Accelerating control of pertussis in England and Wales

Helen Campbell*, Gayatri Amirthalingam, Nicholas Andrews, Norman Fry, Robert George, Timothy Harrison, Elizbeth Miller

*Corresponding author for this work

Research output: Contribution to journalArticlepeer-review

64 Citations (Scopus)


Results of an accelerated pertussis vaccination schedule introduced in 1990 for infants in England and Wales were examined. Earlier scheduling and sustained high vaccine coverage resulted in fewer reported cases of pertussis among infants, reinforcing the World Health Organization drive for on-time completion of the infant vaccination schedule. As determined by using the screening method, the first dose of vaccine was 61.7% effective in infants <6 months of age, and effectiveness increased with subsequent doses. Three doses of a good whole-cell pertussis vaccine were 83.7% effective in children 10-16 years of age; a preschool booster vaccination further reduced pertussis incidence in children <10 years of age. As in other industrialized countries, surveillance data during 1998-2009 showed that pertussis in England and Wales mainly persists in young infants (i.e., <3 months of age), teenagers, and adults. Future vaccine program changes may be beneficial, but additional detail is required to inform such decisions.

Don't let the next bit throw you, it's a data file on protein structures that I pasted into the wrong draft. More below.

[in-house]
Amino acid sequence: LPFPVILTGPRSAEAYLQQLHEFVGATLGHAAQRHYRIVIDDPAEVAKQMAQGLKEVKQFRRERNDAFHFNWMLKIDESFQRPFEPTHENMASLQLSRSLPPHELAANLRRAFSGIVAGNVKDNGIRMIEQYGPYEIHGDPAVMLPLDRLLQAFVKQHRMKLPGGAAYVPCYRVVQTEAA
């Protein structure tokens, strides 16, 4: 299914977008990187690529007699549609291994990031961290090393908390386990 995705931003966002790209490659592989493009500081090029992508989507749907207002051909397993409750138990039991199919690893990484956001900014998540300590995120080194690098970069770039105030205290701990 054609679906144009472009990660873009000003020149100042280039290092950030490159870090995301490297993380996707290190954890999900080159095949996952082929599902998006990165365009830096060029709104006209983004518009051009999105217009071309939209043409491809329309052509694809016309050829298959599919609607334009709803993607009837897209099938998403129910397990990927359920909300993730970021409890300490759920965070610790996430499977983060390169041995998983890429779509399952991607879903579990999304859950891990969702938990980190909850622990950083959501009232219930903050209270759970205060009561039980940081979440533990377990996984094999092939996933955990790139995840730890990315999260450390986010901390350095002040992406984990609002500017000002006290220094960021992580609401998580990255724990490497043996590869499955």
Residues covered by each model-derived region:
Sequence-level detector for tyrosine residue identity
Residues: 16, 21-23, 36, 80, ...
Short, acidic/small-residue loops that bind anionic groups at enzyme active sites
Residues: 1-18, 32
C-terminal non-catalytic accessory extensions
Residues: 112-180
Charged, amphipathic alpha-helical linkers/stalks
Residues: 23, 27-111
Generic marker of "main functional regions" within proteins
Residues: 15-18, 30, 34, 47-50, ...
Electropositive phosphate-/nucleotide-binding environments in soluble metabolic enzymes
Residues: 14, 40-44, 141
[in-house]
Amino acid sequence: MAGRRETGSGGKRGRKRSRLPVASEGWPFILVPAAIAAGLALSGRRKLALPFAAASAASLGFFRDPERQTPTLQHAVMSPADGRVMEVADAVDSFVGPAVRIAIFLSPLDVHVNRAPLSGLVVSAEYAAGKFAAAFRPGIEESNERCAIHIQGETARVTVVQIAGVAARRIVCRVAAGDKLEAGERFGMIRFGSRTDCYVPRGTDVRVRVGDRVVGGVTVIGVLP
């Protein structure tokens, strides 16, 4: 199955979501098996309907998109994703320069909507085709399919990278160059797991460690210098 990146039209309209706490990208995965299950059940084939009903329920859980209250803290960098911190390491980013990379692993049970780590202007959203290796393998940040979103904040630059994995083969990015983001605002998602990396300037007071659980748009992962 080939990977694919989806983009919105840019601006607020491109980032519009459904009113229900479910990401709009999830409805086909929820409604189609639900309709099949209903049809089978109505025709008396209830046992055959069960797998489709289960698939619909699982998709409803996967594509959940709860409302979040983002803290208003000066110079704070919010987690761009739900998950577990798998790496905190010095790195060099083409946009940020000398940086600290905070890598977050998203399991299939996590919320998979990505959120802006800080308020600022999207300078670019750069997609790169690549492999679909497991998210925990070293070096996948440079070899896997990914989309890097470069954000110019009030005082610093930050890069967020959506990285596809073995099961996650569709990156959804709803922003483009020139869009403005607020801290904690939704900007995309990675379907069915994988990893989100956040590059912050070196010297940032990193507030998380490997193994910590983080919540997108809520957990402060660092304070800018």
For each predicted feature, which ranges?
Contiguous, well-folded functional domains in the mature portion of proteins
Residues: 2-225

Original languageEnglish
Pages (from-to)38-47
Number of pages10
JournalEmerging Infectious Diseases
Issue number1
Publication statusPublished - Jan 2012


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